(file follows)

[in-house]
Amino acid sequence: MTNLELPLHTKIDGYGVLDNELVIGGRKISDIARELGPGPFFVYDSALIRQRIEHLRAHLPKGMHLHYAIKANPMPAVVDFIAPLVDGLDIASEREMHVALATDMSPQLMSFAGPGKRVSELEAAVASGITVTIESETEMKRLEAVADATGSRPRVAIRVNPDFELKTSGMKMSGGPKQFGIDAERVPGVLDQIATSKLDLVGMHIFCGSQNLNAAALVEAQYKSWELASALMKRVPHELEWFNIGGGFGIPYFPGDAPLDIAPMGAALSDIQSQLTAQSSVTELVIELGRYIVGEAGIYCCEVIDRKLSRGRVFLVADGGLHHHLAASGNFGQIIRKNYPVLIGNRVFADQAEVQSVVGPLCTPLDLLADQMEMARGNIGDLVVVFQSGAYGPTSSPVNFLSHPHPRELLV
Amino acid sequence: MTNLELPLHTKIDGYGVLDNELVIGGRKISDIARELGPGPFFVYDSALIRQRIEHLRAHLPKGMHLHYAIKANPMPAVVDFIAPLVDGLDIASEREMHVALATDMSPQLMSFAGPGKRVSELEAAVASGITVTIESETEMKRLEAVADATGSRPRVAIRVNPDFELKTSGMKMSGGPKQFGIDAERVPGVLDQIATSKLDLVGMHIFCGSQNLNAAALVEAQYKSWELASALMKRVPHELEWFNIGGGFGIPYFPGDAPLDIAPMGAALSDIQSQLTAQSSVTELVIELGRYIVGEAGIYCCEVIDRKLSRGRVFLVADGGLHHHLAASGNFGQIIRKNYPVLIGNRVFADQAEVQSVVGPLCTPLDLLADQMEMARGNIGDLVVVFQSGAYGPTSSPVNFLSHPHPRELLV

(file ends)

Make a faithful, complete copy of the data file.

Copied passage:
[in-house]
Amino acid sequence: MTNLELPLHTKIDGYGVLDNELVIGGRKISDIARELGPGPFFVYDSALIRQRIEHLRAHLPKGMHLHYAIKANPMPAVVDFIAPLVDGLDIASEREMHVALATDMSPQLMSFAGPGKRVSELEAAVASGITVTIESETEMKRLEAVADATGSRPRVAIRVNPDFELKTSGMKMSGGPKQFGIDAERVPGVLDQIATSKLDLVGMHIFCGSQNLNAAALVEAQYKSWELASALMKRVPHELEWFNIGGGFGIPYFPGDAPLDIAPMGAALSDIQSQLTAQSSVTELVIELGRYIVGEAGIYCCEVIDRKLSRGRVFLVADGGLHHHLAASGNFGQIIRKNYPVLIGNRVFADQAEVQSVVGPLCTPLDLLADQMEMARGNIGDLVVVFQSGAYGPTSSPVNFLSHPHPRELLV
Amino acid sequence: MTNLELPLHTKIDGYGVLDNELVIGGRKISDIARELGPGPFFVYDSALIRQRIEHLRAHLPKGMHLHYAIKANPMPAVVDFIAPLVDGLDIASEREMHVALATDMSPQLMSFAGPGKRVSELEAAVASGITVTIESETEMKRLEAVADATGSRPRVAIRVNPDFELKTSGMKMSGGPKQFGIDAERVPGVLDQIATSKLDLVGMHIFCGSQNLNAAALVEAQYKSWELASALMKRVPHELEWFNIGGGFGIPYFPGDAPLDIAPMGAALSDIQSQLTAQSSVTELVIELGRYIVGEAGIYCCEVIDRKLSRGRVFLVADGGLHHHLAASGNFGQIIRKNYPVLIGNRVFADQAEVQSVVGPLCTPLDLLADQMEMARGNIGDLVVVFQSGAYGPTSSPVNFLSHPHPRELLV